When you visit, keep alert for these signs that she's not keeping up with everyday home care. Simply buying the same foods over and over (a particular brand of cereal, 20 varieties of vinegar) is a memory problem that may seem harmless, if expensive. But it's a safety hazard if she's forgetting to turn off burners, turn up thermostats, clean spills, or throw out old food.

Additional signs that someone with Alzheimer's needs assisted living

Other more obvious and more ominous warning signs that someone may no longer be able to live alone and may benefit from assisted living include:

  • Having electricity or water shut off because bills have gone unpaid
  • Letters thanking her for her contribution to a charitable organization that you're not aware she has a history of supporting
  • Robbery (because she let someone in the house unsuspectingly or left a door unlocked)
  • Wandering from home or getting lost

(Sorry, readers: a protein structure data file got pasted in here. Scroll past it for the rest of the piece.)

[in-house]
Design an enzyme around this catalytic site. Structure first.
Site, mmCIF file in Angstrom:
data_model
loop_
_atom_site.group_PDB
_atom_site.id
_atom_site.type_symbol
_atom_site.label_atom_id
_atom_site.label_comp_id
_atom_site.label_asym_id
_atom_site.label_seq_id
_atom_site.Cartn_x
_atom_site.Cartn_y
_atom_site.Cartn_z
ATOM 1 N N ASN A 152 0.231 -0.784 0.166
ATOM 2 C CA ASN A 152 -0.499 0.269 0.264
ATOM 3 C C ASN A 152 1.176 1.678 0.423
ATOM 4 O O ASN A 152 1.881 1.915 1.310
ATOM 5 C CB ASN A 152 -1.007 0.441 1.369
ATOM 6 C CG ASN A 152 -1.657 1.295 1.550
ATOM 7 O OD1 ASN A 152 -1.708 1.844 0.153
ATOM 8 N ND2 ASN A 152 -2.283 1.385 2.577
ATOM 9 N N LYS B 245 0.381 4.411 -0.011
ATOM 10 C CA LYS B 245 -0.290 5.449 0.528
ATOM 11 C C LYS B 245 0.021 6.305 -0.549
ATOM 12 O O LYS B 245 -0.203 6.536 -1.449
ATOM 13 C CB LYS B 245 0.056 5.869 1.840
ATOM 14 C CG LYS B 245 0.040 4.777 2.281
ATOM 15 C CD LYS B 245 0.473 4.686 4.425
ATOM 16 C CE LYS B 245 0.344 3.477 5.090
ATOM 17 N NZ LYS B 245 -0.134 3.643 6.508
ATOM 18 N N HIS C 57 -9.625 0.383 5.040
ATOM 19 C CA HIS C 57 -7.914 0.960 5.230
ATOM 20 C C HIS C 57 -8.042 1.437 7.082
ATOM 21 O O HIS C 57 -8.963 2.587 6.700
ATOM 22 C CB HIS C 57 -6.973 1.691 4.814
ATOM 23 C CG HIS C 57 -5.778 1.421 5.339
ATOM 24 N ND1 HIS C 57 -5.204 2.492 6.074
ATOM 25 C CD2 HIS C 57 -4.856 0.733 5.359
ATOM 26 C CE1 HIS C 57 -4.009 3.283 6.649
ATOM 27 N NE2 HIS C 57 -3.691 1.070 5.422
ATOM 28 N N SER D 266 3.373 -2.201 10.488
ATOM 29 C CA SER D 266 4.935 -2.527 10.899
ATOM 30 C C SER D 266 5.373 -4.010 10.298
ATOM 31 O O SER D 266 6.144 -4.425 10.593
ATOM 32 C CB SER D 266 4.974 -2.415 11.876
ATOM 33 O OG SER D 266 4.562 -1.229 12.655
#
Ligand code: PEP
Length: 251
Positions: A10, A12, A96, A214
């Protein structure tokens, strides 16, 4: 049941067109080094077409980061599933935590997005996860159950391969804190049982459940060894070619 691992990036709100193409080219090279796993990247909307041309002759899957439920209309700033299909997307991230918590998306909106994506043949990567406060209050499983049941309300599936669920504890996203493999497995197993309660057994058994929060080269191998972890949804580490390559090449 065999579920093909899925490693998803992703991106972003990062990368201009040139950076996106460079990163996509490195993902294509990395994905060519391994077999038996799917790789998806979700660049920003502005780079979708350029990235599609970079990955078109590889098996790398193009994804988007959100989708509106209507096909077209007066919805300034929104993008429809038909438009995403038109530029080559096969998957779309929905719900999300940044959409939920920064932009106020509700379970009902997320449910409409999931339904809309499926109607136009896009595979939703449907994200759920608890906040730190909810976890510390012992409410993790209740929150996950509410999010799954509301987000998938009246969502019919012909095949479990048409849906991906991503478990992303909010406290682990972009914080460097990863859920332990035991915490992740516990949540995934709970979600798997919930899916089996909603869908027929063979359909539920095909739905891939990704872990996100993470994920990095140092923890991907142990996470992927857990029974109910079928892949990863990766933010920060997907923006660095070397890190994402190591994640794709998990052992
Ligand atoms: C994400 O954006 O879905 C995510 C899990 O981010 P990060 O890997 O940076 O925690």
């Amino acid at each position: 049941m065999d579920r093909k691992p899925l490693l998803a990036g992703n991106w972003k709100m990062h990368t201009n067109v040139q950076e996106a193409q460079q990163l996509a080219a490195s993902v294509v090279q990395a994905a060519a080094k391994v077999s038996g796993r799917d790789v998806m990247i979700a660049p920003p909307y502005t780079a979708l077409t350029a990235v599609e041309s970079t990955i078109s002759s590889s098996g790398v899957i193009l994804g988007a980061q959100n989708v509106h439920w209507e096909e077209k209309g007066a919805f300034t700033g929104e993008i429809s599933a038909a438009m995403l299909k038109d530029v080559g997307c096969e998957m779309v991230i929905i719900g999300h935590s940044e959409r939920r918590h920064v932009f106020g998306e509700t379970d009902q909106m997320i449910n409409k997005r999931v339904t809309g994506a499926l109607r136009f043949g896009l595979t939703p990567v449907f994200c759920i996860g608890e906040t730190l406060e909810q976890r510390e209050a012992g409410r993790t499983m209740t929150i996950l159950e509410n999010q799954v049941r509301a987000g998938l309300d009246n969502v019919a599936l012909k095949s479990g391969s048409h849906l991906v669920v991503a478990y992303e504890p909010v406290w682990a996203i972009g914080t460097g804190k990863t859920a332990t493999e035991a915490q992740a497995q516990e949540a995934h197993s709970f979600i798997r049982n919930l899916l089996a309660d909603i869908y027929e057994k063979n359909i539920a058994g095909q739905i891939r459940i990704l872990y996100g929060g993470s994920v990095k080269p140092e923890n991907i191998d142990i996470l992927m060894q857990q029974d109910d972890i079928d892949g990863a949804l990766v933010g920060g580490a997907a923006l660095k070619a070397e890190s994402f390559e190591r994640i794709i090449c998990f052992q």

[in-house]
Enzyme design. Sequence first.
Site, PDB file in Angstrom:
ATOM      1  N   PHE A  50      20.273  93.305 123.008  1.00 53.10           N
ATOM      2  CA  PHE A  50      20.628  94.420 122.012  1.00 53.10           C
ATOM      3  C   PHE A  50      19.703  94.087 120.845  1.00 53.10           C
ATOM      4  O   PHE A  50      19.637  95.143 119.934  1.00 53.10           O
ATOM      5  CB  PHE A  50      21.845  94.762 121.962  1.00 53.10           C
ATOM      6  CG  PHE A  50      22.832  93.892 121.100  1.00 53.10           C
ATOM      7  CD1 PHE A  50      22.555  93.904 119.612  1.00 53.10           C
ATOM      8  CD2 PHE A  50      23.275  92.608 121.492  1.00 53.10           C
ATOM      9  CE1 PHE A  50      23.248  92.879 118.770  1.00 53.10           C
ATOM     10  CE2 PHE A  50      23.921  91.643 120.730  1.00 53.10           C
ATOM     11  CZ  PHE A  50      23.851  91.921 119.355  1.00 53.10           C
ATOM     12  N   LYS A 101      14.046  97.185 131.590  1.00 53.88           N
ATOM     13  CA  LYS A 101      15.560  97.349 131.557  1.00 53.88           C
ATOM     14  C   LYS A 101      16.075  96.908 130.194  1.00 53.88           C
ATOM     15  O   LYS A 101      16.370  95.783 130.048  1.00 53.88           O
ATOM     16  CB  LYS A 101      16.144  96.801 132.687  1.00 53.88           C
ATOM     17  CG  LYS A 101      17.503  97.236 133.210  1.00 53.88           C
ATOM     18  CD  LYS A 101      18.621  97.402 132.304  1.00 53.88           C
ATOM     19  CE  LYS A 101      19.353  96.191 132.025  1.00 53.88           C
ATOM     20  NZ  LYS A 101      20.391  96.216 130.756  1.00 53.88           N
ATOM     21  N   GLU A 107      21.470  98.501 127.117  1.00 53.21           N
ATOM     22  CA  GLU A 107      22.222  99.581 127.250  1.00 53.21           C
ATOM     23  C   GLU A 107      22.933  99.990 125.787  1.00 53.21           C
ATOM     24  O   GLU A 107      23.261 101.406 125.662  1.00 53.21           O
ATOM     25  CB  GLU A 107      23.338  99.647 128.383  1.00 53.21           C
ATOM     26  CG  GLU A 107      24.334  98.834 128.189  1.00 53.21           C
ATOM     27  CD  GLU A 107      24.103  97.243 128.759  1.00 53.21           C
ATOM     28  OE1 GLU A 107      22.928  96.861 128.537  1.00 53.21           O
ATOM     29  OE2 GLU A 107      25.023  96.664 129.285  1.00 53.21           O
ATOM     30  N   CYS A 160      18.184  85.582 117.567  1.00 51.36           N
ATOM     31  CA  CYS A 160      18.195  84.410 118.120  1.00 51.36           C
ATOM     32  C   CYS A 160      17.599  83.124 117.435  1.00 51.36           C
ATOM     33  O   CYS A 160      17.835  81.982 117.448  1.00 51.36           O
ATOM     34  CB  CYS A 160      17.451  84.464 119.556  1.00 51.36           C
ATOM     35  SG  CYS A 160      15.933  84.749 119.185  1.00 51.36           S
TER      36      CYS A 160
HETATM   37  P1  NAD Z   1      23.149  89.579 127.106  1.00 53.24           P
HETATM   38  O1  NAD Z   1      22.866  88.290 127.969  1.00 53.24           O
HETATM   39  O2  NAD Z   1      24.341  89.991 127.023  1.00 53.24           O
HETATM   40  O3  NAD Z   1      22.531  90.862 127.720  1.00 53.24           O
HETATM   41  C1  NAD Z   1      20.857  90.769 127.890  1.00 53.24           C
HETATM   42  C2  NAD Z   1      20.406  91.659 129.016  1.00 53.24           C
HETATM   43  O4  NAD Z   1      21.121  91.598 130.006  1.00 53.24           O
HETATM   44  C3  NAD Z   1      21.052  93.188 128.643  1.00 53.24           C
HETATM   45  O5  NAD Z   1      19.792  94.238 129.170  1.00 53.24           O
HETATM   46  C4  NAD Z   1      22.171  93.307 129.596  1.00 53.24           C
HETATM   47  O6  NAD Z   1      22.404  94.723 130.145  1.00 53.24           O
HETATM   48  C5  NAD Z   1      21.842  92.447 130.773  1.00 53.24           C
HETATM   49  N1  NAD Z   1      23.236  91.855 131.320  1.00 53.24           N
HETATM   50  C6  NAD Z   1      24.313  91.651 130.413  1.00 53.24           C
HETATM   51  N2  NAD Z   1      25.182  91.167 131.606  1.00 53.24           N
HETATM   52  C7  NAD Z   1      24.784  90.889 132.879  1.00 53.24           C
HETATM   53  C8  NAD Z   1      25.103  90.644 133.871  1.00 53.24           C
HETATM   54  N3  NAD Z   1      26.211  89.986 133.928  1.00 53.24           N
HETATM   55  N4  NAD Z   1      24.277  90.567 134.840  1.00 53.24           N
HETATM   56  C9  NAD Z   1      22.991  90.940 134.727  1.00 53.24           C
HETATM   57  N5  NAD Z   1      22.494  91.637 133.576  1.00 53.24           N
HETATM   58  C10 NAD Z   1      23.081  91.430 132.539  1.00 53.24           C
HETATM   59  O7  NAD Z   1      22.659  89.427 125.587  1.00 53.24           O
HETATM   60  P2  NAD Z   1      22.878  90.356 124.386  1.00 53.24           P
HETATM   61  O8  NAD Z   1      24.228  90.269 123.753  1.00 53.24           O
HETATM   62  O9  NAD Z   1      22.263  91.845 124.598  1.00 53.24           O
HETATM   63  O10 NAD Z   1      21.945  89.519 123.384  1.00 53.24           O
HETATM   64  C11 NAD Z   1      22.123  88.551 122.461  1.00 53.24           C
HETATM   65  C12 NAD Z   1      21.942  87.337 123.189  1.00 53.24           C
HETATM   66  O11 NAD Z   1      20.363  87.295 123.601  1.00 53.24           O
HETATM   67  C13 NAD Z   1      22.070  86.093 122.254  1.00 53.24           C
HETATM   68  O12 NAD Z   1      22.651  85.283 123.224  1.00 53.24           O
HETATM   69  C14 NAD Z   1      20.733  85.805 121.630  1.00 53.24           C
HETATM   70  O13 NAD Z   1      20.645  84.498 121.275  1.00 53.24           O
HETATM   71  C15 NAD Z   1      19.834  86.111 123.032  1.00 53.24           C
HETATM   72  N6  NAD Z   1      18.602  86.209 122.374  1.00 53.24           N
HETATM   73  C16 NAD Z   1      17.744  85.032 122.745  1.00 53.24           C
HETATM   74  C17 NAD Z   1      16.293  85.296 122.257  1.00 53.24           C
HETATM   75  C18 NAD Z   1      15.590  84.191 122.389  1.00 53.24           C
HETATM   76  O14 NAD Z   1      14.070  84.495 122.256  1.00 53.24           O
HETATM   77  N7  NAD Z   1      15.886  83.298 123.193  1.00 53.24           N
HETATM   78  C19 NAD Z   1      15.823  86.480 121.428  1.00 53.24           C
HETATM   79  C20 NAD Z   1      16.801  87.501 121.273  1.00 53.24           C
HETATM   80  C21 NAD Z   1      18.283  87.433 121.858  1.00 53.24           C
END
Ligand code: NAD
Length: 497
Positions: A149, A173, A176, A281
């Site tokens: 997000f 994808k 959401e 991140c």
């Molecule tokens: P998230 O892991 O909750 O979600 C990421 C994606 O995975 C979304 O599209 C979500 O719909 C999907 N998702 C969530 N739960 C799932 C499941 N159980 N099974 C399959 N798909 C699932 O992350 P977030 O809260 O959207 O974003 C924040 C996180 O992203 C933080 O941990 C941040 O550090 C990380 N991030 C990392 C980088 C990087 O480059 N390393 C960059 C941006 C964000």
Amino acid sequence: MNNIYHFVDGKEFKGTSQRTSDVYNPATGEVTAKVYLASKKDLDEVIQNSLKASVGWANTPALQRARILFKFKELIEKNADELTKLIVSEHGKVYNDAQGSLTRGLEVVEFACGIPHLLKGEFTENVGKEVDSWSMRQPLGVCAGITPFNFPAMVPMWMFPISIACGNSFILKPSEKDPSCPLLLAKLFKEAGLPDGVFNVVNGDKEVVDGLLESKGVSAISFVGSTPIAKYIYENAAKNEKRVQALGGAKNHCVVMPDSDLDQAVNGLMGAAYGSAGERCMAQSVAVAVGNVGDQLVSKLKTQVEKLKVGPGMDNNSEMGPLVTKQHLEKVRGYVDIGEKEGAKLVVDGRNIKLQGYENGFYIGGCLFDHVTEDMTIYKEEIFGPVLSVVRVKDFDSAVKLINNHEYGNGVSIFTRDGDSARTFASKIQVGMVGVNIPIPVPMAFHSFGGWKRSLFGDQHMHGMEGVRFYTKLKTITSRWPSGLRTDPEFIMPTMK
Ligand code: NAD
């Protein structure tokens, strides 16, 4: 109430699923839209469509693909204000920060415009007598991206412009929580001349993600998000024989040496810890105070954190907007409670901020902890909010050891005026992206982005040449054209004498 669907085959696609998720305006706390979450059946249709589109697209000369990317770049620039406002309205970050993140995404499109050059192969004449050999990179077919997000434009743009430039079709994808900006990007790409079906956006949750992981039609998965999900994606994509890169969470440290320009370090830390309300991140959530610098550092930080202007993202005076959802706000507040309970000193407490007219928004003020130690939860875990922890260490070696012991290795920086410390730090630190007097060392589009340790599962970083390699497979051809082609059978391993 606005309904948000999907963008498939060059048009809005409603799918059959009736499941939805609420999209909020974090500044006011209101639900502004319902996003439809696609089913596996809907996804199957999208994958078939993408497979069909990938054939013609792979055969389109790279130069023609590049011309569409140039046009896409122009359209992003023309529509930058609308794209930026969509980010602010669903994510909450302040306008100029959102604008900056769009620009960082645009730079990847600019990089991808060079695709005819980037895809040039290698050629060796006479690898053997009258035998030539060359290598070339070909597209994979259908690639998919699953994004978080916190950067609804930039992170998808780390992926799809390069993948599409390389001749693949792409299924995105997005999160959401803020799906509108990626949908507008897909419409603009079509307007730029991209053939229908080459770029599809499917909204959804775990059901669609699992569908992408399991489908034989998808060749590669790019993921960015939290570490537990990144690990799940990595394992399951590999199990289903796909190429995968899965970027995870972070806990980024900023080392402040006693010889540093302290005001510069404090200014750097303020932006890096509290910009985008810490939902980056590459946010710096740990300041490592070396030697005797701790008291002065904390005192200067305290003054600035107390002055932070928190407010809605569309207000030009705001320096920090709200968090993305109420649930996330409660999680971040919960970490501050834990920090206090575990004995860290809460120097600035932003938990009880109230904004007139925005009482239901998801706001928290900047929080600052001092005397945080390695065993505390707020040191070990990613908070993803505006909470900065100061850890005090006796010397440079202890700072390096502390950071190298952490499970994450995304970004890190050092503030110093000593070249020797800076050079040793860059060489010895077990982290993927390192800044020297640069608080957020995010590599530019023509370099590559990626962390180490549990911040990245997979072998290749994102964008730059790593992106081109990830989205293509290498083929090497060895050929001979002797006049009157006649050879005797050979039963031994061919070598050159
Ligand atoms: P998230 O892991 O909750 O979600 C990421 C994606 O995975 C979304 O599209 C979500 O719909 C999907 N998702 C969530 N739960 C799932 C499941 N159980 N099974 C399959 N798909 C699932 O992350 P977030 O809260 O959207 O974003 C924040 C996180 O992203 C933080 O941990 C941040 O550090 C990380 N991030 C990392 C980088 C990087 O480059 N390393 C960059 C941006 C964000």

For more information on Alzheimer's care contact Spring Arbor in Richmond, VA.

Alzheimer’s: Dealing with the Issue of Driving

Joseph Coupal - Monday, October 02, 2017

Spring Arbor, Richmond, VADriving calls for quick reaction time and fast decision making. This is why a person with Alzheimer's or other dementia will eventually become unable to drive. Dealing with the issue early on can help ease the transition.

Caregivers should take time to discuss the issue in a caring way, understanding how unhappy the person may be to admit that he or she has reached this stage.

A person with some memory loss may be able to drive safely sometimes. But, he or she may not be able to react quickly when faced with a surprise on the road. Someone could get hurt or killed. If the person's reaction time slows, you need to stop the person from driving.

Here are some other things to know about driving and memory loss:

The person may be able to drive short distances on local streets during the day but may not be able to drive safely at night or on a freeway. If this is the case, then limit the times and places the person can drive.

Some people with memory problems decide on their own not to drive, while others may deny they have a problem.

Signs that the person should stop driving include new dents and scratches on the car. You may also notice that the person takes a long time to do simple errands and cannot explain why, which may indicate that he or she got lost.

Here are some ways to stop people with Alzheimer's disease from driving:

Try talking about your concerns with the person.

Take him or her to get a driving test.